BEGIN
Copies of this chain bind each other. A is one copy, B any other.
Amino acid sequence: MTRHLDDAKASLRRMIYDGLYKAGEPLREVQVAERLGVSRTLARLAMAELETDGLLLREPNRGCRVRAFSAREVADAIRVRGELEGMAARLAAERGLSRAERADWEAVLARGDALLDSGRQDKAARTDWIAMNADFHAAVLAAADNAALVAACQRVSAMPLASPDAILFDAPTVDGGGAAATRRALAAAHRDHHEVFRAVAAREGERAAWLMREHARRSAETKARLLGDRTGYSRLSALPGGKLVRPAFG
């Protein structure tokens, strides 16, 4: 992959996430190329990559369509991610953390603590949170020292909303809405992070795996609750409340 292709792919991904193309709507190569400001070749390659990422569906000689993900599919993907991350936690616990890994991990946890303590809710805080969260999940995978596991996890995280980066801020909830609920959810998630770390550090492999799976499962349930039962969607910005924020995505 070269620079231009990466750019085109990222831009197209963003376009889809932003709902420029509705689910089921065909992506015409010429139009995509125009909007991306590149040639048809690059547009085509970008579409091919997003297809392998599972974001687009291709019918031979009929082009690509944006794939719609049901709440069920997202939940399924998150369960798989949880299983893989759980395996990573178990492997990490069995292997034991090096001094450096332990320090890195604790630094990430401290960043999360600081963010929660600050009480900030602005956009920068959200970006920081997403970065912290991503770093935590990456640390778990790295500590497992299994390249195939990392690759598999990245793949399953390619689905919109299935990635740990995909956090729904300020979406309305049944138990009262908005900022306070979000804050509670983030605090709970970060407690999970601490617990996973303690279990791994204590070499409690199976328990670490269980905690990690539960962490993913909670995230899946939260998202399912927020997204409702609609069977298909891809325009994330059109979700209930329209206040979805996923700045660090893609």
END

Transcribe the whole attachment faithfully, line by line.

Copies of this chain bind each other. A is one copy, B any other.
Amino acid sequence: MTRHLDDAKASLRRMIYDGLYKAGEPLREVQVAERLGVSRTLARLAMAELETDGLLLREPNRGCRVRAFSAREVADAIRVRGELEGMAARLAAERGLSRAERADWEAVLARGDALLDSGRQDKAARTDWIAMNADFHAAVLAAADNAALVAACQRVSAMPLASPDAILFDAPTVDGGGAAATRRALAAAHRDHHEVFRAVAAREGERAAWLMREHARRSAETKARLLGDRTGYSRLSALPGGKLVRPAFG
């Protein structure tokens, strides 16, 4: 992959996430190329990559369509991610953390603590949170020292909303809405992070795996609750409340 292709792919991904193309709507190569400001070749390659990422569906000689993900599919993907991350936690616990890994991990946890303590809710805080969260999940995978596991996890995280980066801020909830609920959810998630770390550090492999799976499962349930039962969607910005924020995505 070269620079231009990466750019085109990222831009197209963003376009889809932003709902420029509705689910089921065909992506015409010429139009995509125009909007991306590149040639048809690059547009085509970008579409091919997003297809392998599972974001687009291709019918031979009929082009690509944006794939719609049901709440069920997202939940399924998150369960798989949880299983893989759980395996990573178990492997990490069995292997034991090096001094450096332990320090890195604790630094990430401290960043999360600081963010929660600050009480900030602005956009920068959200970006920081997403970065912290991503770093935590990456640390778990790295500590497992299994390249195939990392690759598999990245793949399953390619689905919109299935990635740990995909956090729904300020979406309305049944138990009262908005900022306070979000804050509670983030605090709970970060407690999970601490617990996973303690279990791994204590070499409690199976328990670490269980905690990690539960962490993913909670995230899946939260998202399912927020997204409702609609069977298909891809325009994330059109979700209930329209206040979805996923700045660090893609």